Mind Game: How the Boston Red Sox Got Smart, Won a World Series, and Created a New Blueprint for Winning, by Baseball Prospectus Writers
(I feel a little weird reviewing this book, since I sort of know a few of the authors, which is why I've procrastinated on it)
The amazing part about this book is how it's written by 20 different people, but it flows really well, for the most part, as if one author wrote it. Towards the end of it I almost felt myself playing a game with the book -- I'd be reading a chapter and come across a particularly witty phrase (for example, "...ever since Bill James discovered America...") and immediately think "Okay. Who wrote this chapter?" Sometimes I'd be right, sometimes I'd be wrong. The fact that I was more often wrong than right says something about the quality of editing and the ability of most of the authors to keep to one style and produce a homogeneity of writing quality.
The unamazing part of this book is the numbers. While I'd say about half of the numbers in the book were genuinely useful, interesting, timely, and proved a point, I'd say there were plenty of superfluous ones as well, which mostly just interrupted the flow of the book for me as I paused to look at them; often they were based off Prospectus equations which aren't easy to find or remember, even if you're familiar with the results and the use of the statistics. Fortunately, most of the time the gratuitous numbers segments were at the end of chapters, which meant you could look at them, decide whether you wanted to spend the time to really grok them, and then either go on to the next chapter or immerse yourself in math for a few minutes. I have to admit that I just skimmed the 40 pages of lists at the end.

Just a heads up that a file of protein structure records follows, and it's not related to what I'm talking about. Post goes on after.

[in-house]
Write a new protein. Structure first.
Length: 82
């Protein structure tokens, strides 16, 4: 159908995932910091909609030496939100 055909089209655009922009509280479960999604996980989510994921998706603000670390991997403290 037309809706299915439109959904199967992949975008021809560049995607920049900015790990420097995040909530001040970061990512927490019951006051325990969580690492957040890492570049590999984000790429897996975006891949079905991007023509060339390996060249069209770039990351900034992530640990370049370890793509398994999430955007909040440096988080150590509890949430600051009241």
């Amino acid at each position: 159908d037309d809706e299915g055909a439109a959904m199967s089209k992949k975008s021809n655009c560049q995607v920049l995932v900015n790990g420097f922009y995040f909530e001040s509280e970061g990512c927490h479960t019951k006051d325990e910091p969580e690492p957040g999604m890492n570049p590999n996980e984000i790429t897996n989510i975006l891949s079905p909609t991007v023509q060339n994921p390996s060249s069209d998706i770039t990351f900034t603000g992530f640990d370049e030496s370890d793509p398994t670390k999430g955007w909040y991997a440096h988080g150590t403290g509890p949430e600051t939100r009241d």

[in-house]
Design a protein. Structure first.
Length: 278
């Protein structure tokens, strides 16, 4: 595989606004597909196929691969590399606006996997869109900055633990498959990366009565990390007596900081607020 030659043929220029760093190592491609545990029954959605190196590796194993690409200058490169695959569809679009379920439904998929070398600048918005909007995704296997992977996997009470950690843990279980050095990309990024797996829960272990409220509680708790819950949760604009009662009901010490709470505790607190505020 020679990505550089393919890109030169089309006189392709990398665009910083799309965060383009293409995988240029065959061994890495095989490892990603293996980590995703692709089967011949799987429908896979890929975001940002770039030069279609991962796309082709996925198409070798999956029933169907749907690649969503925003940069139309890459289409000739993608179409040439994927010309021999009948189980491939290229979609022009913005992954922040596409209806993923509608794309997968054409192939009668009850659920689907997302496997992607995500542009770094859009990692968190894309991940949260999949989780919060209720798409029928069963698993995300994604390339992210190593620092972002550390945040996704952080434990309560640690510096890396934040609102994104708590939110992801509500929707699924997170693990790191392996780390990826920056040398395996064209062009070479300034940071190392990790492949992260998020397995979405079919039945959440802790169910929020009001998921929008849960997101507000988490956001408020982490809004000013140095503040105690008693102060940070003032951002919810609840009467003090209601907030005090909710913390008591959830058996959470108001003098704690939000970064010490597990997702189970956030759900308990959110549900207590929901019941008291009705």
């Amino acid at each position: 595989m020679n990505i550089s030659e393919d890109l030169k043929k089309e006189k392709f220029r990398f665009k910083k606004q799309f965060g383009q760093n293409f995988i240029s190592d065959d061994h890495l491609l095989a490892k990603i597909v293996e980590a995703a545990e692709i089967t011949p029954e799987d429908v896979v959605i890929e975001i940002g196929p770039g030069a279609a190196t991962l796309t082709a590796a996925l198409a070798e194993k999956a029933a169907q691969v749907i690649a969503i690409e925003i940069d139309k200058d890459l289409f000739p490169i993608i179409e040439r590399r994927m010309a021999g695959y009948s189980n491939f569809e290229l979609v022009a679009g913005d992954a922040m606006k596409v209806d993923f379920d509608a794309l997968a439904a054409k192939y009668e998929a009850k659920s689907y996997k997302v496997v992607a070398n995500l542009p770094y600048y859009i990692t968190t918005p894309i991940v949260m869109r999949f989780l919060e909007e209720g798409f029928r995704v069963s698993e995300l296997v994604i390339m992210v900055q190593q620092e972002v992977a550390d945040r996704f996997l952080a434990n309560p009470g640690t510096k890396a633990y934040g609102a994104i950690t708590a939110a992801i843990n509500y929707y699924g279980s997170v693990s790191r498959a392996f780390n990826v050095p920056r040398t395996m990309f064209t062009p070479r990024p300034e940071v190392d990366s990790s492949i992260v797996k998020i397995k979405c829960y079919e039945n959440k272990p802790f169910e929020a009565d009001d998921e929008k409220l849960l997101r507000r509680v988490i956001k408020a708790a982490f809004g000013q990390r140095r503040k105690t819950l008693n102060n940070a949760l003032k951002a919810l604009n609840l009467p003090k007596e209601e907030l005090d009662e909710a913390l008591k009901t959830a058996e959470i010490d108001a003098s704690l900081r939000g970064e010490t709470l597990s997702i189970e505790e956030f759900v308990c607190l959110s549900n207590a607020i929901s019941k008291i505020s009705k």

As a result, this was a terrible bus book for me; it was slow-going and had a lot of context to keep, if I didn't finish a chapter on one ride. I have a feeling it'd be a bit better if I had read it at home and was able to look up the stats that I didn't recall offhand, although that too would have interrupted the reading flow, I think.
However, despite this, it was a genuinely interesting, informative book. I learned a lot from reading it. It was sort of cool to see them apply prospectus-isms to some older Red Sox teams, and some of the number-crunching actually really helped me better understand some points (the chapter on deconstructing Mariano Rivera was particularly good). I thought some of the tangents felt unnecessary (there seemed to be a lot about baseball brawls, although maybe that was a bigger part of the 2004 Sox than I personally recall?), but overall, things were good.
The "Caveman Cleans Up" and "Holy Gospel of On-Base Percentage" chapters were particularly amusing to me since I recently read "Idiot" and revisited "Moneyball". Infact, in general, this was a very odd book to read right after reading "Idiot", because it was a complete 180 on viewpoints. Johnny Damon would tell you something about a player being a great guy, and BP will give you the numbers about exactly how great he was.
So, while "Idiot" is a pretty quick read if you want to revisit the 2004 Red Sox for fun, "Mind Game" will be a much longer read, but you'll learn a lot more. If you enjoy reading Baseball Prospectus articles in general, you will probably adore this book. If you're the sort of baseball fan that goes "Ack! Numbers! Whatever, you gotta have HEART!", then you probably won't like it.